Prepositions name spatial relationships (e.g., book on a table), but also abstract, non-spatial relationships (e.g., Jordan is on a roll)—raising the question of how the abstract uses relate to the concrete spatial uses. The two most frequently extended prepositions are in and on, and there has been no consensus about what aspects of spatial meaning they retain when used abstractly. We propose that what is preserved is the relative degree of control between the located object (the figure) and the reference object (the ground). Building on previous work showing that this aspect of meaning can distinguish conventional abstract uses of in and on (Jamrozik & Gentner, 2011), we found that it is also extended to the comprehension and production of novel abstract uses. We discuss the application of the findings to second language instruction.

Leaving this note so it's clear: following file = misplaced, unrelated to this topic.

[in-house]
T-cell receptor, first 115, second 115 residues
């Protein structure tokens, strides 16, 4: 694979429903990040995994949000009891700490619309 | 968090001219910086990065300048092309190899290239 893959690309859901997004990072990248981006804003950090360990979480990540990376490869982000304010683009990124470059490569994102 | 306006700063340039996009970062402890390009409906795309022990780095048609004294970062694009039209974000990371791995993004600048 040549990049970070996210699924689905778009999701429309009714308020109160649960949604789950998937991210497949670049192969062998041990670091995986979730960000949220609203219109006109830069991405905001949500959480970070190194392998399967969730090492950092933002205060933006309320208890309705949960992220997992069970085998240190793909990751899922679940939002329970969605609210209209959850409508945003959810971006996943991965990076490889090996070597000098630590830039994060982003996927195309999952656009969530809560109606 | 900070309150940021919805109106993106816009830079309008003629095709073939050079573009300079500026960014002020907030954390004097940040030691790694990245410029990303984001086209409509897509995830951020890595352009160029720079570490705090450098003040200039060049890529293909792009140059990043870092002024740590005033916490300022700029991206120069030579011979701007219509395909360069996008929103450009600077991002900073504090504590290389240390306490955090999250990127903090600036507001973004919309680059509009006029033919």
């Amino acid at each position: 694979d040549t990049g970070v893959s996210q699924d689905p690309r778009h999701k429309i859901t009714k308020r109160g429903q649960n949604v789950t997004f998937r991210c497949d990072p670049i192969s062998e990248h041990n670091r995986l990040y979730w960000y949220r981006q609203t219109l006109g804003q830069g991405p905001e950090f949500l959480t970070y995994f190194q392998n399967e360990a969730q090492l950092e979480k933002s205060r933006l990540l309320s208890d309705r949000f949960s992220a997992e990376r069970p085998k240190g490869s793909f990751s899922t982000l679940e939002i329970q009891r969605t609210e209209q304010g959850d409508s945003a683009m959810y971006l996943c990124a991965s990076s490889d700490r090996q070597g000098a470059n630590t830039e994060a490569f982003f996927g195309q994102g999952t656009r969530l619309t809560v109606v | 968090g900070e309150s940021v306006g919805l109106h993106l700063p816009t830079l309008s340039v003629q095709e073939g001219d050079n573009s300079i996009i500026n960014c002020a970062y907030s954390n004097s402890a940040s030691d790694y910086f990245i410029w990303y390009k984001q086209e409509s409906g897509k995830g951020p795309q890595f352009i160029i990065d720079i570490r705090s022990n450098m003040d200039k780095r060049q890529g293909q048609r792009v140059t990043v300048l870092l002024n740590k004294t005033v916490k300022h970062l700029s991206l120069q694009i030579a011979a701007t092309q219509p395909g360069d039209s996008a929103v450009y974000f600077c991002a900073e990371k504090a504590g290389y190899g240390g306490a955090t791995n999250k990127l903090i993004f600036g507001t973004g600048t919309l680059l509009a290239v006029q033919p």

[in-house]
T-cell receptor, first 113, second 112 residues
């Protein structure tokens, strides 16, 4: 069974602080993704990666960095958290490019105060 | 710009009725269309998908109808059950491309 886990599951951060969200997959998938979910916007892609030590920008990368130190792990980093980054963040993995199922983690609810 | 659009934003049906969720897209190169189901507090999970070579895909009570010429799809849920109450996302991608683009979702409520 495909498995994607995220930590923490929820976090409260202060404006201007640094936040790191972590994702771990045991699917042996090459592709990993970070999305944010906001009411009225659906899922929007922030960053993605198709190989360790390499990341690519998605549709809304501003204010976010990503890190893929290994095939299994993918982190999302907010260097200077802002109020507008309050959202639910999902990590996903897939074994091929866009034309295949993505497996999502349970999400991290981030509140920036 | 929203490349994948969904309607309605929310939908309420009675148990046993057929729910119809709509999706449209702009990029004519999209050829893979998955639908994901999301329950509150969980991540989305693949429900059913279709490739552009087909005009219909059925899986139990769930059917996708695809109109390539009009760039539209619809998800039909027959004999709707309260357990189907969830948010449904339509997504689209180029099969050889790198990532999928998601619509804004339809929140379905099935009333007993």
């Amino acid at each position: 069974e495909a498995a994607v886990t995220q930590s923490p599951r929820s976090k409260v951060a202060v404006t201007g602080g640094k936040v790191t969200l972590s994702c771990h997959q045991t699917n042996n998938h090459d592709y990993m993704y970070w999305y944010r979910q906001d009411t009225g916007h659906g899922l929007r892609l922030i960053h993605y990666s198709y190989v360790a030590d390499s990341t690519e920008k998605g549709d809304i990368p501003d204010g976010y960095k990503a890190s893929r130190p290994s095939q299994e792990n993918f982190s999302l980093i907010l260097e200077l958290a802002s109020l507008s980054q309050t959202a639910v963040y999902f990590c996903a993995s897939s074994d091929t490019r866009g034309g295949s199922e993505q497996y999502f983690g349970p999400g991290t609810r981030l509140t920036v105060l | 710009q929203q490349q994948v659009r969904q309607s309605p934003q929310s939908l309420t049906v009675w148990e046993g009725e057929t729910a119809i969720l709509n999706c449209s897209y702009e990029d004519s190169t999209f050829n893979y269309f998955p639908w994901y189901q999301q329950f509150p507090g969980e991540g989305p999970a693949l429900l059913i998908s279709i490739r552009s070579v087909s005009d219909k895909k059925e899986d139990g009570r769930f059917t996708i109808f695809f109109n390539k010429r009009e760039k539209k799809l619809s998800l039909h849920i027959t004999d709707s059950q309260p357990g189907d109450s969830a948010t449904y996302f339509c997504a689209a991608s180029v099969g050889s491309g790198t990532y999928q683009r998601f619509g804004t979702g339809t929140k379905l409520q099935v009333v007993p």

|Original language||English (US)|
|Title of host publication||Proceedings of the 36th Annual Conference of the Cognitive Science Society|
|Editors||Paul Bello, Marcello Guarini, Marjorie McShane, Brian Scassellati|
|Publisher||Cognitive Science Society|
|Number of pages||6|
|State||Published - 2014|